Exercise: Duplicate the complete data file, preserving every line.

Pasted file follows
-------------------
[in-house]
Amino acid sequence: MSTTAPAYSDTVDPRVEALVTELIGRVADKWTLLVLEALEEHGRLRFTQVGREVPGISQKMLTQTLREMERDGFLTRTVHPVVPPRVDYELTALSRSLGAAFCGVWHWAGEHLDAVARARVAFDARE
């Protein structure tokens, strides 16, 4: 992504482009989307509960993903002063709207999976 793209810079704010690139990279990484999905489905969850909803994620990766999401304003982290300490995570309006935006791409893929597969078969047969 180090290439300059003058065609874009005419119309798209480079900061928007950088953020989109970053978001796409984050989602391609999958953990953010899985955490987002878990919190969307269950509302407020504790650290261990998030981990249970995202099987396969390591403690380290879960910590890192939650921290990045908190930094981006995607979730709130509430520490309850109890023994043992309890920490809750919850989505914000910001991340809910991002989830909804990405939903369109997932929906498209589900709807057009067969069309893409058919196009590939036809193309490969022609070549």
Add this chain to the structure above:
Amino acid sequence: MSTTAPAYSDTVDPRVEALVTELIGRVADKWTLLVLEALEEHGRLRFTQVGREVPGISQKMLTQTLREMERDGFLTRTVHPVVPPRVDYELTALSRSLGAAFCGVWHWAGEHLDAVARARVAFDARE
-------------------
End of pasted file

[in-house]
Amino acid sequence: MSTTAPAYSDTVDPRVEALVTELIGRVADKWTLLVLEALEEHGRLRFTQVGREVPGISQKMLTQTLREMERDGFLTRTVHPVVPPRVDYELTALSRSLGAAFCGVWHWAGEHLDAVARARVAFDARE
């Protein structure tokens, strides 16, 4: 992504482009989307509960993903002063709207999976 793209810079704010690139990279990484999905489905969850909803994620990766999401304003982290300490995570309006935006791409893929597969078969047969 180090290439300059003058065609874009005419119309798209480079900061928007950088953020989109970053978001796409984050989602391609999958953990953010899985955490987002878990919190969307269950509302407020504790650290261990998030981990249970995202099987396969390591403690380290879960910590890192939650921290990045908190930094981006995607979730709130509430520490309850109890023994043992309890920490809750919850989505914000910001991340809910991002989830909804990405939903369109997932929906498209589900709807057009067969069309893409058919196009590939036809193309490969022609070549």
Add this chain to the structure above:
Amino acid sequence: MSTTAPAYSDTVDPRVEALVTELIGRVADKWTLLVLEALEEHGRLRFTQVGREVPGISQKMLTQTLREMERDGFLTRTVHPVVPPRVDYELTALSRSLGAAFCGVWHWAGEHLDAVARARVAFDARE